No one wants to restart a major IT deployment. Doing so brings all sorts of potential consequences, from product or service rollout delays to unexpected costs and a decline in staff morale. But there are times when it’s the best choice for moving forward.
Executives at Bord Gáis found themselves at this juncture, partway through their large-scale deployment of the Oracle Utilities customer care and billing solution. Problems with the quality of the company’s database surfaced months into the effort, forcing executives to face a key decision: scrap the deployment and start over with a clean database, or move forward as planned and pay the consequences later. They chose the former.
“That Friday is commonly referred to as ‘Black Friday’ at Bord Gáis,” says CIO Ashling Cunningham, who as deputy CIO at the time was called in to assume IT oversight of the project. “One of the toughest but most rewarding decisions our executives ever made was to call a halt to the initial project. That took courage, but, wow, did it ever pay off.”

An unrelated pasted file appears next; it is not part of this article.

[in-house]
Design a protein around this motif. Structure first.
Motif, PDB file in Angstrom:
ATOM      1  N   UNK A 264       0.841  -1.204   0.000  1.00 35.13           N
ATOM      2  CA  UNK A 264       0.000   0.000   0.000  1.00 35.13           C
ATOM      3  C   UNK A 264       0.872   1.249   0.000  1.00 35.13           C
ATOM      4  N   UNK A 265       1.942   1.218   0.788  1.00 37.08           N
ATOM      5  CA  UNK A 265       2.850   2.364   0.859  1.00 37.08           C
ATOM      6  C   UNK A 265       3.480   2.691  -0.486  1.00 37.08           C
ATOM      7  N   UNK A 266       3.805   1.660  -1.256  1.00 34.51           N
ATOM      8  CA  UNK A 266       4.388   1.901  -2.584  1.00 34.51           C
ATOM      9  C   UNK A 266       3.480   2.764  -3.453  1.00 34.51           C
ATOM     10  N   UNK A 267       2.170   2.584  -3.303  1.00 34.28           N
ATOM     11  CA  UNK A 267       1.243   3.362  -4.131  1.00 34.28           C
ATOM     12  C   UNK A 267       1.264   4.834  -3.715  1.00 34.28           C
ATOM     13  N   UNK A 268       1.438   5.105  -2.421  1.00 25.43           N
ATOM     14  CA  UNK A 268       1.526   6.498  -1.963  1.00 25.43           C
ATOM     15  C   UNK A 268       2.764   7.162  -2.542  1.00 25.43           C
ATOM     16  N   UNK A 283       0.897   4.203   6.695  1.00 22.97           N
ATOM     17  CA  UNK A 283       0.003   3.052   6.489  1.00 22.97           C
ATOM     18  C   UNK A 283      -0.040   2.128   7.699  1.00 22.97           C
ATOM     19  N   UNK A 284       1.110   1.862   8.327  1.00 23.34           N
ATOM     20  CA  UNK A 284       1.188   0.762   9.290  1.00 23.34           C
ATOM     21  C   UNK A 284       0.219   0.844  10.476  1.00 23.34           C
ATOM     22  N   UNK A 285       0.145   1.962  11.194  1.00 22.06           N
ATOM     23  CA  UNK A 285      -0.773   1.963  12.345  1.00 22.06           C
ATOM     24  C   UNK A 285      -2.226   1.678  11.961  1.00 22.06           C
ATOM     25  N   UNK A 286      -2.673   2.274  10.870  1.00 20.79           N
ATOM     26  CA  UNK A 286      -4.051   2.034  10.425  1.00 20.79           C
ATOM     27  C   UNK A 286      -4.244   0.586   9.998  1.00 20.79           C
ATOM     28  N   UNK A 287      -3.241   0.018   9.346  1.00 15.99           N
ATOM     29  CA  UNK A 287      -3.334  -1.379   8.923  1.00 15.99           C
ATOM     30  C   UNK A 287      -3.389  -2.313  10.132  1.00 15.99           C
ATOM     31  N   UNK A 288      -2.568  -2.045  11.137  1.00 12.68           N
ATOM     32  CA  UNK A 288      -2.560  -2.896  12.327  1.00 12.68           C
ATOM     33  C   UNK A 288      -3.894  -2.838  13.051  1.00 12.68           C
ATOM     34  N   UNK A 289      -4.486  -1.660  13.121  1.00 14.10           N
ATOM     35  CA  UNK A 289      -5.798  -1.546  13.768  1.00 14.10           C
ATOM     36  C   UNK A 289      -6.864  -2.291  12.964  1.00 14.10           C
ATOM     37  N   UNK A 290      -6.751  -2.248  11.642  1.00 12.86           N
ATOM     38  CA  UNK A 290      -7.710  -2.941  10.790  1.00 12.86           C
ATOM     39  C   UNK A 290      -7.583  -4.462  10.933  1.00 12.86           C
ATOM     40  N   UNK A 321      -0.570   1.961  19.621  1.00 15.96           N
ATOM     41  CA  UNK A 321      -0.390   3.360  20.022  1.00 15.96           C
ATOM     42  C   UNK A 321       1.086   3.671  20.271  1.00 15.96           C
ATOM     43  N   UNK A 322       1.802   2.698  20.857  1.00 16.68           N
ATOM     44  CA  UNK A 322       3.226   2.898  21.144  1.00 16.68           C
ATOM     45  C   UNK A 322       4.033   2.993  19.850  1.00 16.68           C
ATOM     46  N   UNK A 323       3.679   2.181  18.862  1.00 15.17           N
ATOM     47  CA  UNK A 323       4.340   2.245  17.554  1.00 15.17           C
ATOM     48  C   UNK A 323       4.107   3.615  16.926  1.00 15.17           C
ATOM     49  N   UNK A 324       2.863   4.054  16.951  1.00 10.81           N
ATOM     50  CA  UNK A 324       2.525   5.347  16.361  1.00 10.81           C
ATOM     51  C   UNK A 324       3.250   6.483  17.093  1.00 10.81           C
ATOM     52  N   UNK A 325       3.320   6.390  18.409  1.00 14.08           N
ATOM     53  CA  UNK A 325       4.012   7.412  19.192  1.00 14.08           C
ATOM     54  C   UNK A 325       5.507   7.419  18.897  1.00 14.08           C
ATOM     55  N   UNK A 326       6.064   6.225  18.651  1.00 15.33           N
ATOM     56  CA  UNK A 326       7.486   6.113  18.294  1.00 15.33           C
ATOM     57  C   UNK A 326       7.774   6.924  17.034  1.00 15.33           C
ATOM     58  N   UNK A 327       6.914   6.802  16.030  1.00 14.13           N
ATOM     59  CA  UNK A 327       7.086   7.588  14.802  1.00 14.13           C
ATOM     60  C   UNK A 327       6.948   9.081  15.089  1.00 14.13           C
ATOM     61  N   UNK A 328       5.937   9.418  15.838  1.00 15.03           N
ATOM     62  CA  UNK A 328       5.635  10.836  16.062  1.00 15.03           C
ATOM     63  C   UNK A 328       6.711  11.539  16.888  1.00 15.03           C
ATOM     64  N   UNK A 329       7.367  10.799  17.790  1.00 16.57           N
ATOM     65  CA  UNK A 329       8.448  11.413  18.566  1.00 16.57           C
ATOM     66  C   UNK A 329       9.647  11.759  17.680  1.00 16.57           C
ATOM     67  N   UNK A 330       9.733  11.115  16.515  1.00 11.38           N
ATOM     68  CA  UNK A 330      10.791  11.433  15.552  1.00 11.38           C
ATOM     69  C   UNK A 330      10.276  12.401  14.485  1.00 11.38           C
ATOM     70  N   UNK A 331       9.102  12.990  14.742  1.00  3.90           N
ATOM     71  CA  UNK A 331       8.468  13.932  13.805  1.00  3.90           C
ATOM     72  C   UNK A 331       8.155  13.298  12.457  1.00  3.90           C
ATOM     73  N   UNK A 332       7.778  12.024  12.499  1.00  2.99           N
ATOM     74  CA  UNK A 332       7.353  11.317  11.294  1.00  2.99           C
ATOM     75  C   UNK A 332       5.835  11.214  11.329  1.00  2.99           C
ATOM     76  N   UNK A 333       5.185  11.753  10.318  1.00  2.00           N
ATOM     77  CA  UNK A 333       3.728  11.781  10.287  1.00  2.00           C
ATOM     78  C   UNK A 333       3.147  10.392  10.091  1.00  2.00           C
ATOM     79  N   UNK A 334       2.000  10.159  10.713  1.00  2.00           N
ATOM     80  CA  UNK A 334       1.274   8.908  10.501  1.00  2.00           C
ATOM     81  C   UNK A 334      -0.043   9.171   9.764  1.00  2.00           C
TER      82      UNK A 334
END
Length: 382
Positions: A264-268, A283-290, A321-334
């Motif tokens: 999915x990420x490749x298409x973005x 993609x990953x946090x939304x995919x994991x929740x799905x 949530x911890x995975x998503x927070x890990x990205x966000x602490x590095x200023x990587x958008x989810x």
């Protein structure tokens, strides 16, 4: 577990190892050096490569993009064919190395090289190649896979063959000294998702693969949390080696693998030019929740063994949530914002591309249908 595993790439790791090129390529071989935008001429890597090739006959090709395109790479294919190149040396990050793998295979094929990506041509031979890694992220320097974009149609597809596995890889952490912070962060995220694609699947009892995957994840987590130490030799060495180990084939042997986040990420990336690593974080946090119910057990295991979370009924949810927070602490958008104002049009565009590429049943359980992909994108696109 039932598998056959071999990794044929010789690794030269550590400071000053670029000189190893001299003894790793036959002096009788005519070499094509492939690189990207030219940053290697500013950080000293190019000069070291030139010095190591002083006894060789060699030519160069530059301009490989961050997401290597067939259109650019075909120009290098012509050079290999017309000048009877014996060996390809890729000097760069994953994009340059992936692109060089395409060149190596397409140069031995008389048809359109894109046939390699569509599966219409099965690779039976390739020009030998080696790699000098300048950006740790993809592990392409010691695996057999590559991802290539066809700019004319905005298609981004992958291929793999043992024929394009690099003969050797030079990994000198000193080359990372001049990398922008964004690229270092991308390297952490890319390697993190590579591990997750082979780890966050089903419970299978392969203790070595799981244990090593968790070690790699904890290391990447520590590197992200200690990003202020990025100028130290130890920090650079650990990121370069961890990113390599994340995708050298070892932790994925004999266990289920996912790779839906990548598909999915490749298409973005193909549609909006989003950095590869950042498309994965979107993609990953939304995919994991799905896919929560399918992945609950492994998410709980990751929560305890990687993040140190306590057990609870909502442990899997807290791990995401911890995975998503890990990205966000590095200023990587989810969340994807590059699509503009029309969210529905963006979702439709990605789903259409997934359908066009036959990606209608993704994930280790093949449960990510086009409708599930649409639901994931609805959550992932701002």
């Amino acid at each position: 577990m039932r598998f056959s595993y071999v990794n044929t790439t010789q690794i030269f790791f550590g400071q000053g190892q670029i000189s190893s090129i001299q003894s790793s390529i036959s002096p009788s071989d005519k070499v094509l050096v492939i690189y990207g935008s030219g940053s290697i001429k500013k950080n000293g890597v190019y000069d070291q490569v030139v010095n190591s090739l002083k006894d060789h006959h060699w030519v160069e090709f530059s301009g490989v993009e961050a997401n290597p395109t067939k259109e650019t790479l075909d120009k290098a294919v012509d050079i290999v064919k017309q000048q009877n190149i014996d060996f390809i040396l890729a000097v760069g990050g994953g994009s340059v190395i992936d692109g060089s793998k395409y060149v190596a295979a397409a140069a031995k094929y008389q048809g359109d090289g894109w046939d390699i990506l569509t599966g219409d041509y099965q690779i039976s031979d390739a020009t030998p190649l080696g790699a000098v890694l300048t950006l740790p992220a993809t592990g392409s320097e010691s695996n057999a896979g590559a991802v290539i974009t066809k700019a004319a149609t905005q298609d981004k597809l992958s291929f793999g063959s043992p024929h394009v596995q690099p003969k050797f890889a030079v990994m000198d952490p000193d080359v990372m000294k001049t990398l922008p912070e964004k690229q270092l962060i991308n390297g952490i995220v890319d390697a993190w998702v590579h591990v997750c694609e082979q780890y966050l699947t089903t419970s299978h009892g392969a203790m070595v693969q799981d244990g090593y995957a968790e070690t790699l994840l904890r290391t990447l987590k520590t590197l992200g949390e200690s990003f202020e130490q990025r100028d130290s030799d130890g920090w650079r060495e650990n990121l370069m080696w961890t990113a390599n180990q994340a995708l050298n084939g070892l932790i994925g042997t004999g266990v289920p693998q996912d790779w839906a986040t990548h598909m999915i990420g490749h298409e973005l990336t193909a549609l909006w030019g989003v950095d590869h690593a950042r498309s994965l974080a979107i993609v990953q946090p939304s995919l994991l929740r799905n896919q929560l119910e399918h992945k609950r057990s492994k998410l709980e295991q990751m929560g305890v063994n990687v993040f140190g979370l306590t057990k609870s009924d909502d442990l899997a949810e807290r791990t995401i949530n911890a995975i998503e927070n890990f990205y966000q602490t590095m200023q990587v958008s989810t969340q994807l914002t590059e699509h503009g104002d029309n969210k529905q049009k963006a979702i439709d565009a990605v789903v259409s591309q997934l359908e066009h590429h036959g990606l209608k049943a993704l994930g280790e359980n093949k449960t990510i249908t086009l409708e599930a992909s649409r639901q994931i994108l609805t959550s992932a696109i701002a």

Project leaders met every morning at 8 a.m. for months to ensure constant communication about the state of the effort. Employees would show up in large numbers—as many as 50—on just a few hours’ notice to work on an important detail over a weekend.
This effort was not lost on CEO John Mullins, who took over the reins of the company in December 2007, just as the project was hitting full speed. Once he was briefed about the circumstances that led to the reinstall, he knew how important all the extra work was.
“We had to back out of the cul-de-sac and actually start looking at the open road again,” says Mullins.
But Cunningham, along with her counterparts at Oracle, believed that getting the project done right was more important than just getting it done. “To actually pull the product was quite a courageous move, both on the Oracle side and on the Bord Gáis side,” she says. “At that point, a lot of time, energy, and money had been invested, but it was the right call because it didn’t matter what we were doing going forward. What we were building on was fundamentally flawed.”